Every year the Ministry of Education releases primary, Ordinary and Advanced level examination results. A good number of candidates score highly, advance to Universities and later merit as academic achievers, but where do these top performing students go?
Young and brilliant academic achievers disappear into oblivion after graduating from the academia. It is only in rare cases that people who were known to be academic giants in schools grow up to become prominent people in African countries.
Is there something fundamentally flawed in our education system that most African countries have adopted over time? Why is the Western world advanced in science and technology due to the brain-work of gifted individuals yet African countries with no evidence for lack of intelligent minds are still wanting?
In developed economies such as Japan, gifted individuals are spotted during their formative years and given special kind of training that brings out their inherent potentials.
That is why countries like the US have centres of excellence are found in various universities. In the Far East, during the period of rapid development by the Asian Tigers, gifted young people would be sent to top institutions of learning like Tokyo University or to American Universities like the Massachusetts Institute of Technology – MIT to fully develop their talents.
It was due to such bold and radical moves that the countries in the Far East were able to jump-start the process of national development and transformation. Within a single generation a number of East Asian countries were able to transform from third world to first world economies.
One can safely state with out any fear of contradiction, that it was because of tapping the potentialities of gifted individuals while still in the formative stages that such countries achieved astronomical developments in such a relatively short period.
Evidence suggests that even people like Albert Einstein who would later play a role in the invention of the Atomic bomb and nuclear energy were spotted in their early years of life. So why is it that western societies and recently East Asians, have for a long period ensured that gifted young people in their societies do not disappear into oblivion in later life, while in African countries and societies that seems to be the rule rather than an exception?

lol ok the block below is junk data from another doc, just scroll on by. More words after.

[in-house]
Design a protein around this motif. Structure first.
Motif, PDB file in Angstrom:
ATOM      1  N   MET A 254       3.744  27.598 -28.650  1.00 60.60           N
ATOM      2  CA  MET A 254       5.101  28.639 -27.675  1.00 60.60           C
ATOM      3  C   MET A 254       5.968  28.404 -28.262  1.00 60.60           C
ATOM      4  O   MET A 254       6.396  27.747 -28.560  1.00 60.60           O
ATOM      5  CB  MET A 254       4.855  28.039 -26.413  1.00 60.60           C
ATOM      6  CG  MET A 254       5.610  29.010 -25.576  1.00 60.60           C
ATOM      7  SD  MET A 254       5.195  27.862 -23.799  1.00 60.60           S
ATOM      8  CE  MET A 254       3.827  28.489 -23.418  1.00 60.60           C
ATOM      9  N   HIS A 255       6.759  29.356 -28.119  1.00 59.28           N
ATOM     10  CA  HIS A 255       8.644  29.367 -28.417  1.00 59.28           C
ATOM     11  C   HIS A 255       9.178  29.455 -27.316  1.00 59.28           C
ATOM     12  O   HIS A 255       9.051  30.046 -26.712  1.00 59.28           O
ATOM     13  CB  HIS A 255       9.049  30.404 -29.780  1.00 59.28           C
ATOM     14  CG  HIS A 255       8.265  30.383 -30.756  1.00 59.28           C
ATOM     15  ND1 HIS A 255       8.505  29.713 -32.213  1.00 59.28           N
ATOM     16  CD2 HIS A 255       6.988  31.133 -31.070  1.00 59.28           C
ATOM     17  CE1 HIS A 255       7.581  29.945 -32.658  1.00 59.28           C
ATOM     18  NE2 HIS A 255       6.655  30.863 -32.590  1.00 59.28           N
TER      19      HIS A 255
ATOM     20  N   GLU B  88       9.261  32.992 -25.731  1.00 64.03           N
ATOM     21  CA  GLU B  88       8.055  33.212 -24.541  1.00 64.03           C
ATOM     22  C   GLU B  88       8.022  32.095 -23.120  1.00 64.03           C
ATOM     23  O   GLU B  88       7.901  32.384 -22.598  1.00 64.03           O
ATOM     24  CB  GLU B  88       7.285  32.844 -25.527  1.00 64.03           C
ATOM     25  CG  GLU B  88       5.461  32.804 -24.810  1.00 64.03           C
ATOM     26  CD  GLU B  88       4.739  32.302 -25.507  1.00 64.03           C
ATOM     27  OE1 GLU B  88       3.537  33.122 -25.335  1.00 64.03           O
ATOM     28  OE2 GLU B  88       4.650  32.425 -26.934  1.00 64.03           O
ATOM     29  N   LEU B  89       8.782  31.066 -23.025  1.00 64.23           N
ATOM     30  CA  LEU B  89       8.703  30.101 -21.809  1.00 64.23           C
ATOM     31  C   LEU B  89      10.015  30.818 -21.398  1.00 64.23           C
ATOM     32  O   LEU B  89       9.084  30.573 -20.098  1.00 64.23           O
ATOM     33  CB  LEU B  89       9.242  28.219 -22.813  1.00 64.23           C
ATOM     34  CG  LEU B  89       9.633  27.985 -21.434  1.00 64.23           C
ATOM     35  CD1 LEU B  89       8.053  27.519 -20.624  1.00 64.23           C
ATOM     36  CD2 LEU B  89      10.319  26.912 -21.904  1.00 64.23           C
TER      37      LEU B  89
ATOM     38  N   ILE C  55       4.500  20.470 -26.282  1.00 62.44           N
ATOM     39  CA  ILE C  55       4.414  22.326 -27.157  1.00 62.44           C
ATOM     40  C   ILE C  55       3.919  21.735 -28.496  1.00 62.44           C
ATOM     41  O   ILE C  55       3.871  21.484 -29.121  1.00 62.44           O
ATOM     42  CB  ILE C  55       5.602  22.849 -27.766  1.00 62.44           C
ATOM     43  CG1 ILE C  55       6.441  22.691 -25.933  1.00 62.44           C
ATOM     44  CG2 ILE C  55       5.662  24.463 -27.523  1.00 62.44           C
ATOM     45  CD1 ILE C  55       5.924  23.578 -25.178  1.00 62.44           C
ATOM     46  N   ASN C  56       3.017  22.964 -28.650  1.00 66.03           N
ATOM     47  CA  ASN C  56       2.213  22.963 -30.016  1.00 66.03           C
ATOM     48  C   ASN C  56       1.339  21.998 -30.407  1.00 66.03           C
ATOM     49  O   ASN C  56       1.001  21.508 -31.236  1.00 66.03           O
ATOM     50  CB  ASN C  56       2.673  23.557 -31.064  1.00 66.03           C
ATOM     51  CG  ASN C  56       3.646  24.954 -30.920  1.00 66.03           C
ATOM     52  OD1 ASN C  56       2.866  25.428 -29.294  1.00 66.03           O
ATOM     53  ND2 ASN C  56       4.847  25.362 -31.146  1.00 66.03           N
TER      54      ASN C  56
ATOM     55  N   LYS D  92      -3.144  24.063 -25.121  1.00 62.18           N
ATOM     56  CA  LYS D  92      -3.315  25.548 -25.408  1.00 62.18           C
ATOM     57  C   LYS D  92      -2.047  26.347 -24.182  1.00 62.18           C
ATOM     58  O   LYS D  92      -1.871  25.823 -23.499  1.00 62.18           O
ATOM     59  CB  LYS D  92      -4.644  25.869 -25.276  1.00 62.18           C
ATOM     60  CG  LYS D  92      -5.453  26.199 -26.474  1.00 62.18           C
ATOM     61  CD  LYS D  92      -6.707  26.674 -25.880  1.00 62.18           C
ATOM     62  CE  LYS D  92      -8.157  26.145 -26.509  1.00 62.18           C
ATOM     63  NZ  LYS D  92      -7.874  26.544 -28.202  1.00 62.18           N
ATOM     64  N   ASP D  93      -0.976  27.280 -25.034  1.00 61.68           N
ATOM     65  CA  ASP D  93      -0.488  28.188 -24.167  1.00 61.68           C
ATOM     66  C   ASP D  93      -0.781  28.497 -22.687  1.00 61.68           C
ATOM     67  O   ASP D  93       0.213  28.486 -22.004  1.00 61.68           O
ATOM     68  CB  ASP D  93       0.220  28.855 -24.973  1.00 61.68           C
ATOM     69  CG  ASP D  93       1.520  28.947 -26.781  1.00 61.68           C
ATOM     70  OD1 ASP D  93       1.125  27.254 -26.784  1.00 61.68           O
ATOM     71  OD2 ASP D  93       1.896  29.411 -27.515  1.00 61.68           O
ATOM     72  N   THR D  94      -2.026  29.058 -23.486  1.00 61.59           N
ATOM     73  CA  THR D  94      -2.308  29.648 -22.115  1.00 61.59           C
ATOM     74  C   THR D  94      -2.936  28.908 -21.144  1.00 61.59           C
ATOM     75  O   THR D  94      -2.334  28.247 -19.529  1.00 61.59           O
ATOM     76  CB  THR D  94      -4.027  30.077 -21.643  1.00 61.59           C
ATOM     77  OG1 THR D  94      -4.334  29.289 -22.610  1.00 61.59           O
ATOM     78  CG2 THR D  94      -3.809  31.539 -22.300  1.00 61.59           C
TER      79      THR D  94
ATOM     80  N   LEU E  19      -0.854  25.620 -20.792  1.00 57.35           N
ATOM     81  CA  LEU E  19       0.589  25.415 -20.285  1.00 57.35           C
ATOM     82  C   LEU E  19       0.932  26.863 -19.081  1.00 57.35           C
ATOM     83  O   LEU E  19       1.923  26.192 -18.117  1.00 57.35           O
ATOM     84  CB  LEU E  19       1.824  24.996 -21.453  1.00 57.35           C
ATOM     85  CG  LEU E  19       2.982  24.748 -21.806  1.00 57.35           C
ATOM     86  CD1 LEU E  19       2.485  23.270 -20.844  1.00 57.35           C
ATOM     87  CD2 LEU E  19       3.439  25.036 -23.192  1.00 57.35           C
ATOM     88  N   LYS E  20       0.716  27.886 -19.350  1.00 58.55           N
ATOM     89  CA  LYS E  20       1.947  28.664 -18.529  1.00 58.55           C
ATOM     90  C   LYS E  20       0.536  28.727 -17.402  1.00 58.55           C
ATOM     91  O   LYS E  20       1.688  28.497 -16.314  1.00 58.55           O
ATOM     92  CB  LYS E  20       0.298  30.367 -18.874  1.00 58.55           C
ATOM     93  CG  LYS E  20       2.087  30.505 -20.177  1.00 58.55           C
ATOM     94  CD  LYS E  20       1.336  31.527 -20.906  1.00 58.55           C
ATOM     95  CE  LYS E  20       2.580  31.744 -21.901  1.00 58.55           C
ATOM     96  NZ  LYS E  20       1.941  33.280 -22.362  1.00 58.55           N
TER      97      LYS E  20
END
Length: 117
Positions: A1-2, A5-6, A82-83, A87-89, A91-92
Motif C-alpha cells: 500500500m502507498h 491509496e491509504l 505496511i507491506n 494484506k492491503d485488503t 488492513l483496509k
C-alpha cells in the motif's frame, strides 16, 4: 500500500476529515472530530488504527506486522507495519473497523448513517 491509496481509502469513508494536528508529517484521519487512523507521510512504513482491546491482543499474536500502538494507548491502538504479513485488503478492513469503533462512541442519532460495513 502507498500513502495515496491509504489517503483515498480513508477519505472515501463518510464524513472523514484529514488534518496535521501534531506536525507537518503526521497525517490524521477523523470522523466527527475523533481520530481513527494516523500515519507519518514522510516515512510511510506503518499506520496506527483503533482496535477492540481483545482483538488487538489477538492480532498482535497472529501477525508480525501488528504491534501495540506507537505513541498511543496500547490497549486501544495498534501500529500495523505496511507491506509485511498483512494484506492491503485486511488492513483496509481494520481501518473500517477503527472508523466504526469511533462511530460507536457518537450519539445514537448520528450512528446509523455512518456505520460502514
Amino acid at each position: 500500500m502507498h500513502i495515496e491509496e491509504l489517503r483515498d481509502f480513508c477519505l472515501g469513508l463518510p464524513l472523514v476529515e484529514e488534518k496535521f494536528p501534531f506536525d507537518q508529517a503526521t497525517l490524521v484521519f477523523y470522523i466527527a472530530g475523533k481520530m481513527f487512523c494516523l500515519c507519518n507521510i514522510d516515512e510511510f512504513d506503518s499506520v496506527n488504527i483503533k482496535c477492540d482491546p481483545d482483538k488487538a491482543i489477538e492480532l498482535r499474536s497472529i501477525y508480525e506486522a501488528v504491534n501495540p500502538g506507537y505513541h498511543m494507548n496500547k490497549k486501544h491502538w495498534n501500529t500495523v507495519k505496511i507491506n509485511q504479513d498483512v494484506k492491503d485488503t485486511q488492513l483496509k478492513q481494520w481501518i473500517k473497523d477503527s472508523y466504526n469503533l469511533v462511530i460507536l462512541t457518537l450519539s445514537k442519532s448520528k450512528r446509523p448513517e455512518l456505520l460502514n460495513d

African societies, as Afro-pessimists tend to suggest, seem to be inherently incapable of achieving anything that can stand the test of time.
In recent times Rwanda has taken the issue of developing its human resources as a very important step towards national development. A number of intellectually gifted scholars are sent to the west to pursue higher education. This is a very positive development in a country that realises the importance of human resource development.
However, the tragedy of African countries including Rwanda is that most of the people sent to the west do not return to apply the skills and competencies acquired from the west. This can partly explain why top scoring students disappear into oblivion later in life.
A number of them remain in the west and have a minimal impact on the development plans and transformation processes of their countries. This kind of brain drain has contributed to the stunted development of African nations.
To fully tap these potentials, systems that ensure the return of such people to their home countries ought to be put in place and implemented. Though they contribute a substantial amount of revenues through remittances back home, the loss incurred by the country of origin is always greater.
The question that still racks many people’s minds is; why is it that most East Asians like Japanese or Koreans who go to America or Europe to acquire better skills, return to their countries of origin upon completion of their studies while most of the Africans opt to stay out of their countries?
It is apparent that if one goes by the above analysis, the reason African countries remain in a state of quagmire is because they are unable to tap, develop and reward their best human resources. If this was done, a lot would be achieved in a relatively short period of time. And more still, the bright and best students in schools would not disappear into oblivion later in life.